Sunday, May 6, 2018


 I received some excellent feedback from Gary Hammond recently.  He had read my post titled "The Weaver's Arms On Transferware," where I asked if anyone could help me identify the names of the people printed on the jugs seen below.

Gary found information about Elijah Pointon, see the jug on the left, in an 1841 & an 1851 Census for Leek in Staffordshire.  Elijah Pointon was born there in 1816.

Census for 1841/Click on the photo to make it larger.

Census for 1851/Click on the photo to make it larger.
When I took the jug down from a shelf to dust and photograph it, I found a printout from Barrie Cathcart of Barrie Cathcart Antiques, dated 2007, which says "I found him (Elijah Pointon) in Leek, born 1816, and dying in 1853. He married in 1839 to Hanna, he was a silk weaver and she a silk winder. They lived at Buxton Road in Leek. Their children were Elizabeth, Mary Ann, and Ann Jane."  I should dust more often.

Earthenware 6.5 inch high jug painted in pink lustre with a name and date plus a common cottage pattern on both sides. The clay is colored cafe au lait (I don't know the proper term).  The heart surrounding the name and date is charming.

The sides and border of the Pointon jug are painted with pink lustre.

I decided to search my collection for all of my named and dated patterns.  I had more than I remembered. Most are not transferware, but some include transfer printing.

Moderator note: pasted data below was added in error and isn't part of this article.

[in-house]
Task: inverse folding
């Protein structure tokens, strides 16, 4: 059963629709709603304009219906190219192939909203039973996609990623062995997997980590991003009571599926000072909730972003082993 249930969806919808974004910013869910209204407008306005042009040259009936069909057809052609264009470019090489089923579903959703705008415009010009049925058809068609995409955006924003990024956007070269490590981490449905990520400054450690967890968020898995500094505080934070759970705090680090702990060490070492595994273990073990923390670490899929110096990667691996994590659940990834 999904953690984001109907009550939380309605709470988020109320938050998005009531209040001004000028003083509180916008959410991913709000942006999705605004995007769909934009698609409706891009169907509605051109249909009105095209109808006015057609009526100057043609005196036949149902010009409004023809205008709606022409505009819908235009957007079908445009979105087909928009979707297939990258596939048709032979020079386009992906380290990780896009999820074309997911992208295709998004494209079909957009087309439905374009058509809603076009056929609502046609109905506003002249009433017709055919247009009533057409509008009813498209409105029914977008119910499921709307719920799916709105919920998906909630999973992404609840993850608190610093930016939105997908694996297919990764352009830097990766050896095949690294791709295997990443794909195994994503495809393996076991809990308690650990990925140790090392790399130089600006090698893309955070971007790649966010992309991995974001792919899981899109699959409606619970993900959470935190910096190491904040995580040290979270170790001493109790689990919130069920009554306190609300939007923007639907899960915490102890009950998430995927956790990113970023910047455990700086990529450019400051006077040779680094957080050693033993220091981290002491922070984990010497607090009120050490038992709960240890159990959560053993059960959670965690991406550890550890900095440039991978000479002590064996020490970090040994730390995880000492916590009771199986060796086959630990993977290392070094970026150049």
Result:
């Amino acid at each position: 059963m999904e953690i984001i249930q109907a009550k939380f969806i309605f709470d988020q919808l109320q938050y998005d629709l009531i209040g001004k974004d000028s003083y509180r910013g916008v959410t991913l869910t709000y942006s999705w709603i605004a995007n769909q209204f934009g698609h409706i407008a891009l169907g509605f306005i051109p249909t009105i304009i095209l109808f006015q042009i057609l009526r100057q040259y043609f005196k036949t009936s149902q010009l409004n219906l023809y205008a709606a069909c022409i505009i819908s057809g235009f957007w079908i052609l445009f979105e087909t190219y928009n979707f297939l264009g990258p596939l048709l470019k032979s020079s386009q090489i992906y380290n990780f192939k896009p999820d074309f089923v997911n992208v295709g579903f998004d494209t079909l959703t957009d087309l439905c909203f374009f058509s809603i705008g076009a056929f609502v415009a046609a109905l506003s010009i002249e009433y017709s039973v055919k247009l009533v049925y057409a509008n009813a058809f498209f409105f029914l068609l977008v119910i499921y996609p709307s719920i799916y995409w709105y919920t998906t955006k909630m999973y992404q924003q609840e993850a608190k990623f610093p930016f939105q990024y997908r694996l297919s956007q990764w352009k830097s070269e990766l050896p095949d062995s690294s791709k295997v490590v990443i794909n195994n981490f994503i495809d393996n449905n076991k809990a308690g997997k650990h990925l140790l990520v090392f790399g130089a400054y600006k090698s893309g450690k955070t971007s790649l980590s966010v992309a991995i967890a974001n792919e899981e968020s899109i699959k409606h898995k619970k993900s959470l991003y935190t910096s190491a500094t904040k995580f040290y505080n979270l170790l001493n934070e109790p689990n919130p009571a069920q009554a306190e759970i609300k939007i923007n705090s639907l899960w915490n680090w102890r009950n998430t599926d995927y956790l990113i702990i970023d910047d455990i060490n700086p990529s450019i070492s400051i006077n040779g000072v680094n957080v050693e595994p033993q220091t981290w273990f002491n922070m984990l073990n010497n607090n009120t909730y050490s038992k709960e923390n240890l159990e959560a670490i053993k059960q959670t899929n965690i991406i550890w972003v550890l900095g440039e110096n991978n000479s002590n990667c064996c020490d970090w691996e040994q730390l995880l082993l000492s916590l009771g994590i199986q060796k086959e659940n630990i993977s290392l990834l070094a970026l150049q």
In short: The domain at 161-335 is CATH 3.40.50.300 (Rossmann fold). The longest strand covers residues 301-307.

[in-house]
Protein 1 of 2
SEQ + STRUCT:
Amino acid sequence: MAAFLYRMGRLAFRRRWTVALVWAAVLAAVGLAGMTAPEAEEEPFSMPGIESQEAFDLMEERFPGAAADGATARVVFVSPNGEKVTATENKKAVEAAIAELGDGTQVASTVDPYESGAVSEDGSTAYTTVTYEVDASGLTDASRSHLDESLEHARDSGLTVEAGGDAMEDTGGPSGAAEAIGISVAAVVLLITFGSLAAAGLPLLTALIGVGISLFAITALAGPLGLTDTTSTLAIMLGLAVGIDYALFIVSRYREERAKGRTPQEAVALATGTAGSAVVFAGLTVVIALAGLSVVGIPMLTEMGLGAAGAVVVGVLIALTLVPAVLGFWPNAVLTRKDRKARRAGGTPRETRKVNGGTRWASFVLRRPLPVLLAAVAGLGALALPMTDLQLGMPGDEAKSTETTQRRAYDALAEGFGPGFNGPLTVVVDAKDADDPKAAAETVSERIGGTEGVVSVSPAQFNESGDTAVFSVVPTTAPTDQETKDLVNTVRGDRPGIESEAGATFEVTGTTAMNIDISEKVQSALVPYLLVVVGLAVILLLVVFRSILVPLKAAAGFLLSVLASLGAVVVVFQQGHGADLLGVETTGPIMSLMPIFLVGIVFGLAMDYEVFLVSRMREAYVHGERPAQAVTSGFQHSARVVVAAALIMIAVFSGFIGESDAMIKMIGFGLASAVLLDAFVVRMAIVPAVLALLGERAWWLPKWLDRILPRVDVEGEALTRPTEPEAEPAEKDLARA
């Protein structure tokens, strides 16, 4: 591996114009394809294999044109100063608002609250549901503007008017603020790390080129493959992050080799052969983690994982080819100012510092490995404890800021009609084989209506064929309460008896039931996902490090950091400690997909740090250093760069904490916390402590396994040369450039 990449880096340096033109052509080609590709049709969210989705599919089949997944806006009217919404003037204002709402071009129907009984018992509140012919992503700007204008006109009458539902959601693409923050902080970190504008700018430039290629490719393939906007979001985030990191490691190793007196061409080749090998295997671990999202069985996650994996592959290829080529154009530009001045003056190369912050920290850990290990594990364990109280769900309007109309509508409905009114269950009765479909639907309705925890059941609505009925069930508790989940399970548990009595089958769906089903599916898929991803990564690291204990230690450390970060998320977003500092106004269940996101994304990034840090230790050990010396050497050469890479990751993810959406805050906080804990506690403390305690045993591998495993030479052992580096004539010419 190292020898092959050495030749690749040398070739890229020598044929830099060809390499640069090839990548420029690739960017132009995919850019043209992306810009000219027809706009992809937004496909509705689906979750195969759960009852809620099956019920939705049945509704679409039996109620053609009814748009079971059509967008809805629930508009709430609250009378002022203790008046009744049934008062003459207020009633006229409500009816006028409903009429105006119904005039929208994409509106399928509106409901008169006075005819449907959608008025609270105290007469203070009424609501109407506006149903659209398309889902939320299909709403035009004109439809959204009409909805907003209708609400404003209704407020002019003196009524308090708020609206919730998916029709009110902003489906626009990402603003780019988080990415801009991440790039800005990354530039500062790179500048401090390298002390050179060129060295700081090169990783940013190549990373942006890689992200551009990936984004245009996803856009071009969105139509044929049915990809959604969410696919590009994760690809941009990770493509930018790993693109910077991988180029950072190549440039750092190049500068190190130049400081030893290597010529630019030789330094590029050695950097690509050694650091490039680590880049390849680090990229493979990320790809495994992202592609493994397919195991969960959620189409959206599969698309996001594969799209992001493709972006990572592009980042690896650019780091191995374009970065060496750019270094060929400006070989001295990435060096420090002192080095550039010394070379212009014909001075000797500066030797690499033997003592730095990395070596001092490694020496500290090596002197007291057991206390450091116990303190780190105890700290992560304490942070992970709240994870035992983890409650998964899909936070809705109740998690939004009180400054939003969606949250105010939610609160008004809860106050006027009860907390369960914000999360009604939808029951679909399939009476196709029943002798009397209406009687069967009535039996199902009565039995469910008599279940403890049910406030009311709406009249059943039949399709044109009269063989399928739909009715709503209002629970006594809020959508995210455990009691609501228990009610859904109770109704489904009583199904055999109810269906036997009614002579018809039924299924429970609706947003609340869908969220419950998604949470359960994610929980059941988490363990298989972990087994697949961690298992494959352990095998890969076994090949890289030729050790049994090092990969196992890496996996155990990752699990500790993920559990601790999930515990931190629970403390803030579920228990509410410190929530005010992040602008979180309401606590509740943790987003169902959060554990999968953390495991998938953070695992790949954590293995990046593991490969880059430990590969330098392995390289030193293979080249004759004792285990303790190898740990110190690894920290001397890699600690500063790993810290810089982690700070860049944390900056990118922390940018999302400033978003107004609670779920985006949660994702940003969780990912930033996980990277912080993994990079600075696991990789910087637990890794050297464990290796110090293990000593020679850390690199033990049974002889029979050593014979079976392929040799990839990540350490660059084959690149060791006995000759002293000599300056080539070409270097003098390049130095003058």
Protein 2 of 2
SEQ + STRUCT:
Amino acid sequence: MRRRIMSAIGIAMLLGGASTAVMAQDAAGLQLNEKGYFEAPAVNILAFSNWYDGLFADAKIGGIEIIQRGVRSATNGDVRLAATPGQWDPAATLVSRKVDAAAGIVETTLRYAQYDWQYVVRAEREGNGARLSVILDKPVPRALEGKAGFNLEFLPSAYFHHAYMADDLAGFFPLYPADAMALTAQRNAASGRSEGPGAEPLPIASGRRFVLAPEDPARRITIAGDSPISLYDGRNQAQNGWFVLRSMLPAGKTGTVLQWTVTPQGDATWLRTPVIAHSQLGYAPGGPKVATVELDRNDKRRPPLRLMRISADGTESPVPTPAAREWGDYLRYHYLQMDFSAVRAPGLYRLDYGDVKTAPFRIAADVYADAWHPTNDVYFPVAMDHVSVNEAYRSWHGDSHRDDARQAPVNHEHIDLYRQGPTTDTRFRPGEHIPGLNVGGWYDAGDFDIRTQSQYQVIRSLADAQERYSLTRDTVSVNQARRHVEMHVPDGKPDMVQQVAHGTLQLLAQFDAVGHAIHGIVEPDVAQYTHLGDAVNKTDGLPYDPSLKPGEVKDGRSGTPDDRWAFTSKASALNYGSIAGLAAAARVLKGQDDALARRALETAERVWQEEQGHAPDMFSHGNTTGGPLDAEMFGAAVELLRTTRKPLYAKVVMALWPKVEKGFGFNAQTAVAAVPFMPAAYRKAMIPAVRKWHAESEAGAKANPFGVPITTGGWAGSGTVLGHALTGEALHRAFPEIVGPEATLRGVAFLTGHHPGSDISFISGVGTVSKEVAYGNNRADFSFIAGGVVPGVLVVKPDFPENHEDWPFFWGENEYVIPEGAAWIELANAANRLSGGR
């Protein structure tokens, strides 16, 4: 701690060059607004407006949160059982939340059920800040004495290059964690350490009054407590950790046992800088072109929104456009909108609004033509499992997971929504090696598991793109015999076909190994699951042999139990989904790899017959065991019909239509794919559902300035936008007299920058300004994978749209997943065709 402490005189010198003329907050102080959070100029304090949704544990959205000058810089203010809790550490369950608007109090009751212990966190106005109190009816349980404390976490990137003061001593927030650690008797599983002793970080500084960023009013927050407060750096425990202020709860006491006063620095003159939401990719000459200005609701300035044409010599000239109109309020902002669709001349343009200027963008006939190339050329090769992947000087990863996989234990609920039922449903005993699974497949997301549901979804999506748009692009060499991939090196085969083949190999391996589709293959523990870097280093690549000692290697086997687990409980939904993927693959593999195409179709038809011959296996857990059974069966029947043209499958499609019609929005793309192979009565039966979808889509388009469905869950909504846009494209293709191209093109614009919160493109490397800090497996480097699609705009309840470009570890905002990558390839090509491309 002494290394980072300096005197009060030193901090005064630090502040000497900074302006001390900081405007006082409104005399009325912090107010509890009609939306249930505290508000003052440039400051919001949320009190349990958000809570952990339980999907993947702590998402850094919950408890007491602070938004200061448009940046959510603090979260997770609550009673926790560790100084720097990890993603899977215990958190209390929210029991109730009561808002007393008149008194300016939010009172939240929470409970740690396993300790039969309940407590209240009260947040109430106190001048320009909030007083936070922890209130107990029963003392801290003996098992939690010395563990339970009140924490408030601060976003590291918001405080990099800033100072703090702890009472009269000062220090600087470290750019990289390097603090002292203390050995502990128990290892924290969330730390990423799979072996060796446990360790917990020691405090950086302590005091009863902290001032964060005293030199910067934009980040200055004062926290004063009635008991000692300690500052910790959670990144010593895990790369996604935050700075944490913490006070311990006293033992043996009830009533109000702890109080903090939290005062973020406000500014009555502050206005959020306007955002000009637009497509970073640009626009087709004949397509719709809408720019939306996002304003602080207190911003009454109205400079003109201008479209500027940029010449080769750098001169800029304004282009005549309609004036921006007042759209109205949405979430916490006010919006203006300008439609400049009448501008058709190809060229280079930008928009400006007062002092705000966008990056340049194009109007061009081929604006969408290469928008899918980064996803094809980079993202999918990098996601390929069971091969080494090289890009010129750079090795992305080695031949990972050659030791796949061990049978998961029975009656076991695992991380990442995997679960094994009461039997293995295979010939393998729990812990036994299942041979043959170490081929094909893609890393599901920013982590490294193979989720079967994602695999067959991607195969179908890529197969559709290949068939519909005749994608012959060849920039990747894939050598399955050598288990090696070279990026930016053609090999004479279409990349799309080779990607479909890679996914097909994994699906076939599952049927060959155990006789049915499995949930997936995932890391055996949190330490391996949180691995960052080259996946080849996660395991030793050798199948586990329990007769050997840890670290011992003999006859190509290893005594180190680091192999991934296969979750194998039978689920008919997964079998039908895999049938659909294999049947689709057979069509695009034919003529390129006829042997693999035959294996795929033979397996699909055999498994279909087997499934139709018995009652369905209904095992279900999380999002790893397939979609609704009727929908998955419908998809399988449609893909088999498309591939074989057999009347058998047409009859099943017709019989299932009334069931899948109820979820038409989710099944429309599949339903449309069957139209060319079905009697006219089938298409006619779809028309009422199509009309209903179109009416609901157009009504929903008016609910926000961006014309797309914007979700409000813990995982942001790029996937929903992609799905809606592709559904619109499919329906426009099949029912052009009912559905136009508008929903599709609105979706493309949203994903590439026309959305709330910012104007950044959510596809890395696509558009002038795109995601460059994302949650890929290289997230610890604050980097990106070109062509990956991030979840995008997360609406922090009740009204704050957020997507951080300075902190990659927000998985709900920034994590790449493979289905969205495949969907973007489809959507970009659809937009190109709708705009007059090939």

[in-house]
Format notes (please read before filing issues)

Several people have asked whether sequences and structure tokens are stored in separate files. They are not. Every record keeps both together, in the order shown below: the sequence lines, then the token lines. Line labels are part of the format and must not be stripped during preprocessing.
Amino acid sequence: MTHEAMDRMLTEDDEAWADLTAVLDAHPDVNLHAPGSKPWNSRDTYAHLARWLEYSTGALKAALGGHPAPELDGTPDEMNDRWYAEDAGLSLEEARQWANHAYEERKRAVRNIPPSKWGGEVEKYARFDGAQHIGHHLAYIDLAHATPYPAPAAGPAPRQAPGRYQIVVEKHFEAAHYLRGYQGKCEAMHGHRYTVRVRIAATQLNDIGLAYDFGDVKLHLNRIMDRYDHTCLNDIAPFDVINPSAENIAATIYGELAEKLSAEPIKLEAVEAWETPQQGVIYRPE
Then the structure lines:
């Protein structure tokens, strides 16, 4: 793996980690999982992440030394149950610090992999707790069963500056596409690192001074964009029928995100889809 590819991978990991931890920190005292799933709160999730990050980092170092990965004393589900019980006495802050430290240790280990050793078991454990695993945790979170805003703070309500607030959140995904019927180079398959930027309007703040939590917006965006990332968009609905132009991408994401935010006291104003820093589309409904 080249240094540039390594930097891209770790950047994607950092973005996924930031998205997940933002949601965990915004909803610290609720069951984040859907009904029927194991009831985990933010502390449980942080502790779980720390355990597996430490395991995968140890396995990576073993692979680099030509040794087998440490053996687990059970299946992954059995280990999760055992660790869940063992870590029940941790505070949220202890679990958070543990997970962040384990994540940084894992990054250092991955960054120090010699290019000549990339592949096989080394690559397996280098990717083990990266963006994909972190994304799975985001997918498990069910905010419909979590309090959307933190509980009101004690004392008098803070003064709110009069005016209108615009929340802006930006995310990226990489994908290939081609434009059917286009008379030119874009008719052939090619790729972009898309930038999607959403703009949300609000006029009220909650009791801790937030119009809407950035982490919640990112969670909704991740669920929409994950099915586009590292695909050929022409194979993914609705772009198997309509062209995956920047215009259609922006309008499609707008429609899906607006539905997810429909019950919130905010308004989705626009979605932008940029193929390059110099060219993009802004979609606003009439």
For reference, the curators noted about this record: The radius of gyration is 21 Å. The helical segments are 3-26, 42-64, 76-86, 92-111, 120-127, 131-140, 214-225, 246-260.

I own seven jugs and one teapot.

Most of the items are handpainted with pink lustre and other colors.  Notice that all of the items have dates from the early 19th century.

Other side of the teapot seen above. "Come friends & relations, let's join heart in hand./The voice of the Turtle is heard in our land:/Let's all walk together and follow the sound./We'll march to the place where redemption is found."

  I thought I showed you all of my named and dated jugs, but David found another!

Filled-in transfer jug with initials and date: 1825

If you want to see more photos of any of the pieces (like the sides), let me know.

The End.



  1. What a wonderful post and such an unusual collection. I thought the "Turtle" inscription on your pink lustre teapot was sublime, but your last jug pictured, dated 1825, took my breath away. Judie, I read every one of your articles and am not one who is driven to comment too often. But today I'd like to say Thanks, not only for this article, but for all the contributions you have made to the field of Transferware. I am looking forward to reading many more of your articles in the future. Adele Lynham

    1. Thank you so much for letting me know you enjoy my blog! I love sharing my transferware collection and knowledge. The named and dated pieces are some of my favorites. Warmly, Judie